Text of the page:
For this book, though, I had Peter and Tariq to advise me about black history, the experience of being black, how to take some things into account that I never thought existed, how to dump ideas that were redundant. They were both amazingly generous with their time and their efforts. It's been a massive but very fun learning curve for me, it's made the world I was writing infinitely richer than I could ever have managed on why own - and it's been a huge help in making Marti what she is.
The trans side of things came about in an unusual way. I couldn't make up my mind if my character should be a boy or a girl to start with. Then I thought, 'Well, maybe I'm being as bit prescriptive here. Things aren't so simple after all …' So I stepped back, let them speak... and she kind of 'came out' as trans.
Once that happened, it made a lot of sense because it's just the very sort of thing that the Bloods, her mortal enemies, would hate. And then her voice, that transgressive, tough, funny, self depreciating voice, sprang out. I showed the earlier drafts of the book to people in the local queer community, including trans women, and again, they were so generous and helpful to me in getting her right and showing huge enthusiasm for the character. So I was away …!
5. Why is it important to shine a light on LGBTQ issues in the novel?
That community still suffers prejudice and abuse all around the world to this day, and it shows no sign of ending, although progress is being made in many quarters. Once we had the world sorted out, and once it appeared that Marti was going to be everything the regime hated, her being part of that community in some way or other was more or less inevitable.
Trans issues are particularly interesting because unlike, say, gay people, trans rights involved everyone else taking on new definitions. People who have spent their lives thinking that their gender is defined by their physicality are very challenged by those ideas. And trans people, particularly trans women, have to face down curiosity and prejudice every time they go out the door. It must be exhausting, but it does develop in some people into a particular kind of beauty and a tremendous presence. I think those ideas really helped make Marti what she is.
But I don't think that this is something that is central to the book. Marti's trans identity isn't something she pushes forward … it isn't how she defines herself, she's much more than that. I wanted that side of her just to be something that's there, that comes up from time to time. The book certainly isn't about being trans. It's just something she happens to be.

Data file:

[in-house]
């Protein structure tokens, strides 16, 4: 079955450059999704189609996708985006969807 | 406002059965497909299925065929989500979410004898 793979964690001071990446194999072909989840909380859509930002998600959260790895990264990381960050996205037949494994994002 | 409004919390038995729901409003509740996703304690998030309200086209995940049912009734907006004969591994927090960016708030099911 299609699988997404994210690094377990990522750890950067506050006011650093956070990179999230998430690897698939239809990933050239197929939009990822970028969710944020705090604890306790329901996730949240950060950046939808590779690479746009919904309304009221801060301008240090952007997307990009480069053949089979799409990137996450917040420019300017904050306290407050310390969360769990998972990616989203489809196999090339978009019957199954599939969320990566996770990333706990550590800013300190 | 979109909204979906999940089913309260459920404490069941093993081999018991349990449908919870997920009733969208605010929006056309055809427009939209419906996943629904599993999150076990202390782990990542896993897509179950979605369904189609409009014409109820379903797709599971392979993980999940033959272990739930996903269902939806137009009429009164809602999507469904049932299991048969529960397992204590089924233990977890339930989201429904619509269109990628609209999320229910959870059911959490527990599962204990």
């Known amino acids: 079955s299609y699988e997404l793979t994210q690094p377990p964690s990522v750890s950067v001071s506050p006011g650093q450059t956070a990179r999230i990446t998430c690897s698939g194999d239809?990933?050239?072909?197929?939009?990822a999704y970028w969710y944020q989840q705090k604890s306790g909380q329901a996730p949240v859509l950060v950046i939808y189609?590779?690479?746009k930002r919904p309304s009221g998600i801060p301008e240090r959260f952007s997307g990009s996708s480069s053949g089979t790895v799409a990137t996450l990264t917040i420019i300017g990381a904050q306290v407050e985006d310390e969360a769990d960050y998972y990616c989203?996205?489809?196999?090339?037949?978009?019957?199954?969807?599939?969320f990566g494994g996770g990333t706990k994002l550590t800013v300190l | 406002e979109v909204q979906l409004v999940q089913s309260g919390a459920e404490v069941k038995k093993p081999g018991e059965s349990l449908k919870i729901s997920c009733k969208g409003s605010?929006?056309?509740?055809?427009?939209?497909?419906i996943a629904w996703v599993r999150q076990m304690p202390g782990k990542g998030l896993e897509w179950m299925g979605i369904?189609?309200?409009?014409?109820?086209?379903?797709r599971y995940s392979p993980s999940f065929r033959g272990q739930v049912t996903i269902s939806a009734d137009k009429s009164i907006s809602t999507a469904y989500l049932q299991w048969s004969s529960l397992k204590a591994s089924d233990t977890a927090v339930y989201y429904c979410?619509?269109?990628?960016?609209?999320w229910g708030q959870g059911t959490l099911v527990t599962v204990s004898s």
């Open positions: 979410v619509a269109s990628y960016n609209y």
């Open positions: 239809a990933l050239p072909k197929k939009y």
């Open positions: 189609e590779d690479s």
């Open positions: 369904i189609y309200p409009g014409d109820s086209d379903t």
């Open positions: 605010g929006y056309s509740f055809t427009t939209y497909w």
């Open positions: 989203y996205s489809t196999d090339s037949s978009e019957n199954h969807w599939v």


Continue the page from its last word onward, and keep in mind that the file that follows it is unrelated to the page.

6. Who is your favourite supporting character in Three Bullets?
It has to be Marti's best friend Maude. In many ways they're a double act. Marti admires Maude for her principles ('I admire her for having principles because I don't have any myself,') but is at the same time is infuriated with her for trying to do the right thing all the time, when all Marti wants to do is be selfish. But she learns in the end that although she presents herself to everyone, including herself, as this cold, heartless bitch, she is at heart anything but. It's her love for Maude that carries her through so many trials.
7. Were there parts of the novel that were particularly difficult to write?
None of it was very personal to me, which is one area that can make things hard … you find yourself getting in the way too much. Marti's voice carried me though most of it. I suppose people would think that a lot of the violence might be hard to write, but actually, Marti is actually rather coy about intimate experiences. (I know that must seem like an odd thing to say, but curiously, violence to the person is intimate, in the most horrible way.) So she avoids giving any real detail.
8. Will you be revisiting Marti?
Writing Marti was the best writing fun I've had in a long time. I certainly wouldn't say it's out of the question.
9. Marti's playlists from her dad help keep her going. What would be the top five tunes on your playlist for anyone listening to Three Bullets?
Silvester - You Make Me Feel; Marvin Gaye - What's Going On; Crazy in Love - Beyonce; Coming Home - Diddy Dirty Money; The Birdie Song. Her Mum and Dad used to play that and dance with her to it when she was tiny.
10. One of your earlier novels, Junk, is celebrating its 25th anniversary. How important was that novel to you?
Junk was my breakthrough novel. Although it caused a stir at the time and some people hated it, in fact it's done an awful lot of good in the world, and still today I get people writing to tell me how much they loved and do still love it. So yes, it's an important book for me.
11. Where is your favourite place to write, and what are you working on currently?
I have a study on the edge of the woods - I love it there. At the moment I'm having some time off. Why not? It's summer, innit?